Now, you don’t need sound to make a comedy, but when sound arrived, everyone decided that now was the time for snappy scripts and puns. There was an over-reliance on dialogue, which naturally ruined quite a few potentially good films. By the time films and moviegoers had gotten used to sound, quite a few of the great comedians of the 1920s had fallen off the wagon. (The Big Three continued to make and appear in films, but their work during this period isn’t considered their best output, and Harry Langdon did quite a few talkies, as well, but eventually joined the writing team at Hal Roach Studios.)

If we look at the sort of comedy that was popular during the 1930s, we see two or three distinct branches. The first branch, which involves scripts heavily reliant on wordplay and puns, is primarily dominated by the Marx Brothers, but there were quite a few other acts falling under this umbrella, as well. Remember Wheeler and Woolsey? No? Anyway, they were here, too.

The second branch involves a return to slapstick. Columbia decided that at the height of the Great Depression what people really wanted to see was three idiots beating each other up for twenty minutes, so they signed these three and set them to work. Apparently Columbia was right, since they turned out to be a massive draw at the box office.

The third branch – my favorite – is probably the best-remembered of the three because they seem to be involved in almost everyone’s childhoods, even now. To be fair, the thing that makes Laurel and Hardy so special to me is that the two of them ended up becoming best friends over the course of their careers, which is the most adorable thing ever. From a comedy standpoint, they’re very different from the other two branches because of their pacing. Whilst the other acts relied on quick, snappy dialogue and non-stop cartoon violence, Stan and Ollie took things very, very slowly. They reacted to what happened to them – slowly – and stretched sequences that would have taken other comedians thirty seconds to do out over several minutes. It worked brilliantly.

By the 1940s, things needed to be freshened up some, and although the Stooges and Stan and Ollie were still around, it was Abbott and Costello who popped up and grew in popularity during the war years. (This may have reflected the general culture in America at the time, as Bud and Lou’s comedy style was more aggressive.) They hung around in the ’50s for a little while, but Dean Martin and Jerry Lewis picked up the baton from there and brought comedy into more of a screwball direction. At the same time, Bing Crosby and Bob Hope’s Road To… movies were further solidifying the genre. Television comedy also began its rise, with many radio stars eventually making the jump and bringing sketch comedy and sitcoms to the small screen.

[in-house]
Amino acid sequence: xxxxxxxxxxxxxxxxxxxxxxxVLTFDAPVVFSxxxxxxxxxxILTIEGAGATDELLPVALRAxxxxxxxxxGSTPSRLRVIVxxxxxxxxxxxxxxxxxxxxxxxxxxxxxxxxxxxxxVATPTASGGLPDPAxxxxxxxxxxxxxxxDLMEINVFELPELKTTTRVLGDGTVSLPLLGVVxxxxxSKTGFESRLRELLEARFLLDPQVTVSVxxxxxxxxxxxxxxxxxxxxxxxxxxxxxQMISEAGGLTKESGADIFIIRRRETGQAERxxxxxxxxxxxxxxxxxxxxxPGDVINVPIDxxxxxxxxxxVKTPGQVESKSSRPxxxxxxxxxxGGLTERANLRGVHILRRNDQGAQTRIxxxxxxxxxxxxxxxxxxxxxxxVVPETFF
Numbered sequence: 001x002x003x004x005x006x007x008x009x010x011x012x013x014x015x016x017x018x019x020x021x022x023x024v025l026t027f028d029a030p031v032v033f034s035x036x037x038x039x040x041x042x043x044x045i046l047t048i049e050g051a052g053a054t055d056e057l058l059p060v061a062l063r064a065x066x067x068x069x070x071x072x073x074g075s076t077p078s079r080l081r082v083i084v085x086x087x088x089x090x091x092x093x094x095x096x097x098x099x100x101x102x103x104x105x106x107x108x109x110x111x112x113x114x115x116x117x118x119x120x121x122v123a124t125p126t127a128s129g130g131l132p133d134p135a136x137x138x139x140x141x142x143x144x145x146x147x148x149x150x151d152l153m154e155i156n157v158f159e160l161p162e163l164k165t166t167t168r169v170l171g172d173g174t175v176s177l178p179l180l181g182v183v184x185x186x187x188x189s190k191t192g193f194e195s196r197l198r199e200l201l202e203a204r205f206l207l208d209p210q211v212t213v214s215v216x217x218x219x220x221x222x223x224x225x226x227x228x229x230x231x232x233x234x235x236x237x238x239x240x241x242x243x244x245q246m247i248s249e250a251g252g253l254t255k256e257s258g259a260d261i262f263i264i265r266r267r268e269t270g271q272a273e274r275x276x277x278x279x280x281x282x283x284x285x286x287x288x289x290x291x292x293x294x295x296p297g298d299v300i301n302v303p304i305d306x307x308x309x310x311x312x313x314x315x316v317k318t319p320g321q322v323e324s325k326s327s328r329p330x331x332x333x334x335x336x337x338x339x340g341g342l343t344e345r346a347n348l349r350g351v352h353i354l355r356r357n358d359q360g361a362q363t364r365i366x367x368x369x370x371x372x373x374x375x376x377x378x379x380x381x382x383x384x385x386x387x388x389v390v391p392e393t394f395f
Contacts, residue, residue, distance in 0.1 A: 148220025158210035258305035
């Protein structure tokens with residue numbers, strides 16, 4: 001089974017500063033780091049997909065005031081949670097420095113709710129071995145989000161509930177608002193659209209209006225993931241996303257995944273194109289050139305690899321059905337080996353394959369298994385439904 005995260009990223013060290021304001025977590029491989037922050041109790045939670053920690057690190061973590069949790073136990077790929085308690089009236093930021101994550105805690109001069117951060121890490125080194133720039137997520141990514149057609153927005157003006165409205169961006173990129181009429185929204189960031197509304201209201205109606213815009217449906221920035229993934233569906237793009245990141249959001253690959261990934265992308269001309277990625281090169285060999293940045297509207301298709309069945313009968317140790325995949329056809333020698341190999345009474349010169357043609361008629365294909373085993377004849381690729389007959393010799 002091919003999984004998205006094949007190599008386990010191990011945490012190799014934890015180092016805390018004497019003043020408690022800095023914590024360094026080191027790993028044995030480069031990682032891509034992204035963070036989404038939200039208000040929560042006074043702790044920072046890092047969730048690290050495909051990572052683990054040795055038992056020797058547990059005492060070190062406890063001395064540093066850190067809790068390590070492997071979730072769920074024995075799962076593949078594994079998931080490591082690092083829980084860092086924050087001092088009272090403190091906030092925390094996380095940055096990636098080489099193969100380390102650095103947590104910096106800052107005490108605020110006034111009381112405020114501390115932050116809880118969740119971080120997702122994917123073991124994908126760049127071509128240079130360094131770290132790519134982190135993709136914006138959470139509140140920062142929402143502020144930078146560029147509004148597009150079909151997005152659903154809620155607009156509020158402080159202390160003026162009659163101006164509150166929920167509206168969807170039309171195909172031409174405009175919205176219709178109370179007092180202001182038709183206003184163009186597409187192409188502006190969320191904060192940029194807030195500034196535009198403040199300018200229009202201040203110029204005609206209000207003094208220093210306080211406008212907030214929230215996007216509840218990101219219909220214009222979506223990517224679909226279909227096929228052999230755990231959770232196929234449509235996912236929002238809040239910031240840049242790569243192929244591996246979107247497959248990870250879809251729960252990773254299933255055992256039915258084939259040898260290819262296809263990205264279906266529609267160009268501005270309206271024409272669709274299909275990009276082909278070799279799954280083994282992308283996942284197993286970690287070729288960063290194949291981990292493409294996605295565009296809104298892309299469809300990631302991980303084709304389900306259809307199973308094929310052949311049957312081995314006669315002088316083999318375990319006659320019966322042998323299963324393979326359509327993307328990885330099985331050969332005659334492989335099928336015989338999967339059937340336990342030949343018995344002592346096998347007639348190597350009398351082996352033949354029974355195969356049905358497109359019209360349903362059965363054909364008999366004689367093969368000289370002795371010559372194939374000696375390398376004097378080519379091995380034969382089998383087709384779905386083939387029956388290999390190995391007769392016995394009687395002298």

Which brings us to It’s A Mad, Mad, Mad, Mad World, which came out in 1963. There are elements of several styles of comedy in this movie – which makes sense, because there are several styles of comedians in it. If we take a closer look at it, we can dissect it a little bit:

  • Mack Sennett would have loved this movie. There’s plenty of slapstick violence in here – the film even ends on a banana peel gag, a staple of the Sennett era. Although there isn’t a pie fight, there’s a bit where an entire gas station is systematically dismantled and destroyed by Jonathan Winters, which is close enough.
  • There’s a ton of situational comedy, too. The entire movie is fueled by one situation – Jimmy Durante’s character hid money somewhere in Southern California under something called a ‘big W,’ and everyone’s attempts to get there first place them into precarious situations: hitchhiking with strangers and ‘borrowing’ their cars, flying an airplane after the pilot passes out drunk, locked in a hardware store basement, and so on.
  • The script is phenomenal. It allows all the comedians making cameos to get their trademark lines in (ZaSu Pitts gets to show off her Midwestern accent as the switchboard operator, Jack Benny gets to deliver a “…Well!” and Joe E. Brown gets to scream “HEEEEEEEEY!” near the end). It also lets the feature players shine (Buddy Hackett’s delivery of “What are you, the hostess?” to Mickey Rooney as they’re trying to land a plane is my dad’s favorite line in the entire film). The script is snappy and rapid-fire where it needs to be and quiet when all the audience needs to follow the plot is the action.
  • For a three-hour movie, the pacing is incredible – you never get bored because the plot never drags for a second, even when the scene cuts to the police station for a breather.

You watch this film, and cameos aside, the films of the 1910s and 1920s are back – in color and in a much longer format, but there you go. Styles of comedy tend to cycle around. In the early 1960s, there was a satire boom which started in the UK and made its way to the US. Although Peter Cook and Dudley Moore, who were at the forefront of the movement by being in Beyond the Fringe, lasted as a double act for twenty some-odd years afterwards by moving into sketch comedy, satire itself faded quickly out of vogue, only to return with a vengeance in the 2000s. My brother loves films like Dodgeball. Dodgeball is pure slapstick.

Think for a moment about what you like watching. There might just be some older – or newer – films in the ilk of what you’re into. Why don’t you go and check those out for a change and see what you think?